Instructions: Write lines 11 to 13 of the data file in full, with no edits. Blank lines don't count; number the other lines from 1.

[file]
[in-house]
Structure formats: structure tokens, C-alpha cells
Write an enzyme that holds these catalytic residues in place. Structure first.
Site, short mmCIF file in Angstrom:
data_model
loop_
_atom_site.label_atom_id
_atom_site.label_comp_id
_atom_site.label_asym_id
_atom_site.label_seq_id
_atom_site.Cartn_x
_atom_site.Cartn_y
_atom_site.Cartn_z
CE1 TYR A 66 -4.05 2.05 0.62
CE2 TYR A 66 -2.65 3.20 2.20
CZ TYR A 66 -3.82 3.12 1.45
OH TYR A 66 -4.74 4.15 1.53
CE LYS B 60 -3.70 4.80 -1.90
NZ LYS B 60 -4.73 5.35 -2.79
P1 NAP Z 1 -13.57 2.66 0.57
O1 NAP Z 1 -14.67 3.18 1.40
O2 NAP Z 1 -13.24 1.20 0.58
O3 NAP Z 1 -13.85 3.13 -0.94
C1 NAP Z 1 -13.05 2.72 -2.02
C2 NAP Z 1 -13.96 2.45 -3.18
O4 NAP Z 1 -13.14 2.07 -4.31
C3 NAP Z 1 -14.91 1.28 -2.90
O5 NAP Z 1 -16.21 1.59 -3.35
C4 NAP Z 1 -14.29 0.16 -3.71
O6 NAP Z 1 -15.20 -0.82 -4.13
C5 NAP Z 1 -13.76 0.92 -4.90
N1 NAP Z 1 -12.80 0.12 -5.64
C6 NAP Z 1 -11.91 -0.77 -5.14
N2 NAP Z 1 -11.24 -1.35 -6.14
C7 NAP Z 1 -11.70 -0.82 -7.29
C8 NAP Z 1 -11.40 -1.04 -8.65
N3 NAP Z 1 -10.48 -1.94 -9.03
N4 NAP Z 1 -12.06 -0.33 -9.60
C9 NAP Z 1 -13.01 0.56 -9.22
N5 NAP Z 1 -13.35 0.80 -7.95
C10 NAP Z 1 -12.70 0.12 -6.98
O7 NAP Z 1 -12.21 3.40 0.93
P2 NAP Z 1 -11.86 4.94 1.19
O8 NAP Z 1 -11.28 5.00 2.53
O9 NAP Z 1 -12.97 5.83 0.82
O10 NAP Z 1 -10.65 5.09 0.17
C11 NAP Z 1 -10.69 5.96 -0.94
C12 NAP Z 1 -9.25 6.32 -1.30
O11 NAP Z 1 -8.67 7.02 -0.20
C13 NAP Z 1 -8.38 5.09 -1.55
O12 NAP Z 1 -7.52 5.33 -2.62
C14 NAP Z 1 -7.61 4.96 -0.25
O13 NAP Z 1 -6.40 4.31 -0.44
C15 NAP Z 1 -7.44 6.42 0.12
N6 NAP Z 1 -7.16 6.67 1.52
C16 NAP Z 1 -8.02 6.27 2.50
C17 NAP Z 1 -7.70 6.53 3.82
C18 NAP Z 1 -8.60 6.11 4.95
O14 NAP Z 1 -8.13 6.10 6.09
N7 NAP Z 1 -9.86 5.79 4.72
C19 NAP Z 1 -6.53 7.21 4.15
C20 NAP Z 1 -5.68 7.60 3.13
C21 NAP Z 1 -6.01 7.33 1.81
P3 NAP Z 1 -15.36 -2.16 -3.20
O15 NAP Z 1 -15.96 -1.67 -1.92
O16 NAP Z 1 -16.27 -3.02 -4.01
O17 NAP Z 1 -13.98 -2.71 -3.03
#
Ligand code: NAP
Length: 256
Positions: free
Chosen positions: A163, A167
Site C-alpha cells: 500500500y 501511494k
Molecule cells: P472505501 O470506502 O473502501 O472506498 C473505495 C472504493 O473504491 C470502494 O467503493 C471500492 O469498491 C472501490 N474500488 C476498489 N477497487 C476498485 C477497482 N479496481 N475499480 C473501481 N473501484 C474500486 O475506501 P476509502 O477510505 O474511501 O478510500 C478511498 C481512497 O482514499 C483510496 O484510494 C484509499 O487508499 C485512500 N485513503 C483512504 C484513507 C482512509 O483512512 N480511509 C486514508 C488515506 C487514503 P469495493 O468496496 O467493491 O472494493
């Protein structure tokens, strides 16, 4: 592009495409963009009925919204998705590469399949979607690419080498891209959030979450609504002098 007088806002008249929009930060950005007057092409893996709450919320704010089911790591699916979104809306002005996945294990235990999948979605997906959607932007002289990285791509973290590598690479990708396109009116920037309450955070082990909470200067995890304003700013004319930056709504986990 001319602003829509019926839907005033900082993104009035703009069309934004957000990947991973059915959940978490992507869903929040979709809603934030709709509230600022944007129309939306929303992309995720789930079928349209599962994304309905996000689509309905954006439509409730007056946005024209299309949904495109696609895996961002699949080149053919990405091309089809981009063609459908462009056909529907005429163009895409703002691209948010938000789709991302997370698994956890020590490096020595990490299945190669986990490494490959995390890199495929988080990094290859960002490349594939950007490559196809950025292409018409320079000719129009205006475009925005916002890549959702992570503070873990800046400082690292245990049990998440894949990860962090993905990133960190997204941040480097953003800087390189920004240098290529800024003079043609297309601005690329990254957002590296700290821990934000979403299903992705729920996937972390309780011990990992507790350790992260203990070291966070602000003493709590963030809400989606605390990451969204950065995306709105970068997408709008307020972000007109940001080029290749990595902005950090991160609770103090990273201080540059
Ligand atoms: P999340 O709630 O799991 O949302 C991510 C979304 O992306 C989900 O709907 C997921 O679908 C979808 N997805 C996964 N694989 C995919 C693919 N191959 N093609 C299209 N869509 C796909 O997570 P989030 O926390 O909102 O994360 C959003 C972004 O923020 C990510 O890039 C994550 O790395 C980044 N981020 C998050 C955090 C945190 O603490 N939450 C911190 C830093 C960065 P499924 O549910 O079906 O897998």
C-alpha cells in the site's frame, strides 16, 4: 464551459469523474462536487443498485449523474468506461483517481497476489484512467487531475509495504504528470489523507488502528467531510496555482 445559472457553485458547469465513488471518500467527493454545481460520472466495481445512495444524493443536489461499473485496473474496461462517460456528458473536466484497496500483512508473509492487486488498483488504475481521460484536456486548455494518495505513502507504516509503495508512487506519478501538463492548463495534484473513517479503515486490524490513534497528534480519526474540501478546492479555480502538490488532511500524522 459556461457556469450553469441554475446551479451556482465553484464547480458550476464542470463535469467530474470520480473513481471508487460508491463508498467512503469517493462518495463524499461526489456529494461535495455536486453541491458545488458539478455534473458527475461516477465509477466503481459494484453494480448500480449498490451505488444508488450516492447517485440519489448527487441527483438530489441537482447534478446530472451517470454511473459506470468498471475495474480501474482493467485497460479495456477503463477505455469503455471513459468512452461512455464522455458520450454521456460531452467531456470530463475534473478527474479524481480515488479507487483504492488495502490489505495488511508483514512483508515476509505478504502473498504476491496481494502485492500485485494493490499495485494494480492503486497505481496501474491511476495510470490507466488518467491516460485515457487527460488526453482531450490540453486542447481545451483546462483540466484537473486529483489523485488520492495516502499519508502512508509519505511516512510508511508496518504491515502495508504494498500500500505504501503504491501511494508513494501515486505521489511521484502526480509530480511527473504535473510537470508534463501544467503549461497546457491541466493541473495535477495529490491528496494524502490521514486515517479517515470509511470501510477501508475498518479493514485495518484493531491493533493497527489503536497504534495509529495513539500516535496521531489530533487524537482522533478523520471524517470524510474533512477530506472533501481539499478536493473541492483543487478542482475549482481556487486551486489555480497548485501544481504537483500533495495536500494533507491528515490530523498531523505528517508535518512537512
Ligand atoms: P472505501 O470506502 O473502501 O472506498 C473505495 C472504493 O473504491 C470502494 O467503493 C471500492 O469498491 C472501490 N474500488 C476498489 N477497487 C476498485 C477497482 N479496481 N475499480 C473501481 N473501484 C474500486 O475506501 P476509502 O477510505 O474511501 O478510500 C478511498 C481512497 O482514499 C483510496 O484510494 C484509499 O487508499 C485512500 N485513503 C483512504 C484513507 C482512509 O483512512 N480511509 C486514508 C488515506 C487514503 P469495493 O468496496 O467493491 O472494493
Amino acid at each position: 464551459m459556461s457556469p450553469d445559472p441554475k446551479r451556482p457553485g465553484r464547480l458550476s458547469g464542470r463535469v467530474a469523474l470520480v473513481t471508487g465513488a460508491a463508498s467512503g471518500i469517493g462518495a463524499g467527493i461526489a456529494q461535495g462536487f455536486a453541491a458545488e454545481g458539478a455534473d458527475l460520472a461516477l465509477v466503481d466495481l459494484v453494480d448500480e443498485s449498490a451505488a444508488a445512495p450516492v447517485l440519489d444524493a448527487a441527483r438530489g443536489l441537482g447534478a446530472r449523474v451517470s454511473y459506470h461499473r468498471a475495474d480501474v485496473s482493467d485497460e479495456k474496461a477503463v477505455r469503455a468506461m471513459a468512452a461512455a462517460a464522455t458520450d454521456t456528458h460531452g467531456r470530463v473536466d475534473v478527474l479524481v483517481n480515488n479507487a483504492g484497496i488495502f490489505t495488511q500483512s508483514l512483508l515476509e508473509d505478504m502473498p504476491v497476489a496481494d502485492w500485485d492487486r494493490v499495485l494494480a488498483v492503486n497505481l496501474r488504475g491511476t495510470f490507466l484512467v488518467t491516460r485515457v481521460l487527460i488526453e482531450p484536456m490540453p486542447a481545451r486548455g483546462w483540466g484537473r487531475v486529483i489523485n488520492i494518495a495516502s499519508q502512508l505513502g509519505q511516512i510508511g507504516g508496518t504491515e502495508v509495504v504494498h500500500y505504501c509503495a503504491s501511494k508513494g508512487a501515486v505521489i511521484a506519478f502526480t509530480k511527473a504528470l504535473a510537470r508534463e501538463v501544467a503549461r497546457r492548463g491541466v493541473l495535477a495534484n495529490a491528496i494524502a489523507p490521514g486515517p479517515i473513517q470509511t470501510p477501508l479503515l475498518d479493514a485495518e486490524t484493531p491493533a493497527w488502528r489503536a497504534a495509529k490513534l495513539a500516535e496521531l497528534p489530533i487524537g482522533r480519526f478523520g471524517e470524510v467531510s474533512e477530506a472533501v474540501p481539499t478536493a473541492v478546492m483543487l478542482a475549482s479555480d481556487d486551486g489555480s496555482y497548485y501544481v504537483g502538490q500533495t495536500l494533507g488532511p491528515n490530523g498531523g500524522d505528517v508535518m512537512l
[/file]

_atom_site.Cartn_x
_atom_site.Cartn_y
_atom_site.Cartn_z